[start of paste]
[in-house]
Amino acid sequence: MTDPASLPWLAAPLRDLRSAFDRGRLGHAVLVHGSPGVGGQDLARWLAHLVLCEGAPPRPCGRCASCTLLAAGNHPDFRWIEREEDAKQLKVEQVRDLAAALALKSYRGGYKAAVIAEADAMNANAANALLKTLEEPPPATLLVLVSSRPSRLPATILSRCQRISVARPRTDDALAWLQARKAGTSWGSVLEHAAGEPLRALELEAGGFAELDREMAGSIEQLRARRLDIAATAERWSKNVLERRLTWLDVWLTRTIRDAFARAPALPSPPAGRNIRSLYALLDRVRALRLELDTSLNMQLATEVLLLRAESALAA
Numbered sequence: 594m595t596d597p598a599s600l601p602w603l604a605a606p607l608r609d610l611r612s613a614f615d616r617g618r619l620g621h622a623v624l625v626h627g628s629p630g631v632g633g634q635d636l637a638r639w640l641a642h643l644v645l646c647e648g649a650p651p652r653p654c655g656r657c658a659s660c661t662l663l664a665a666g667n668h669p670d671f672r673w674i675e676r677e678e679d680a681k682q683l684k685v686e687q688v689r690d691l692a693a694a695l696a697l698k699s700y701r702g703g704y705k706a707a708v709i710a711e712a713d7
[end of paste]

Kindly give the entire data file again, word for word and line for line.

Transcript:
[in-house]
Amino acid sequence: MTDPASLPWLAAPLRDLRSAFDRGRLGHAVLVHGSPGVGGQDLARWLAHLVLCEGAPPRPCGRCASCTLLAAGNHPDFRWIEREEDAKQLKVEQVRDLAAALALKSYRGGYKAAVIAEADAMNANAANALLKTLEEPPPATLLVLVSSRPSRLPATILSRCQRISVARPRTDDALAWLQARKAGTSWGSVLEHAAGEPLRALELEAGGFAELDREMAGSIEQLRARRLDIAATAERWSKNVLERRLTWLDVWLTRTIRDAFARAPALPSPPAGRNIRSLYALLDRVRALRLELDTSLNMQLATEVLLLRAESALAA
Numbered sequence: 594m595t596d597p598a599s600l601p602w603l604a605a606p607l608r609d610l611r612s613a614f615d616r617g618r619l620g621h622a623v624l625v626h627g628s629p630g631v632g633g634q635d636l637a638r639w640l641a642h643l644v645l646c647e648g649a650p651p652r653p654c655g656r657c658a659s660c661t662l663l664a665a666g667n668h669p670d671f672r673w674i675e676r677e678e679d680a681k682q683l684k685v686e687q688v689r690d691l692a693a694a695l696a697l698k699s700y701r702g703g704y705k706a707a708v709i710a711e712a713d7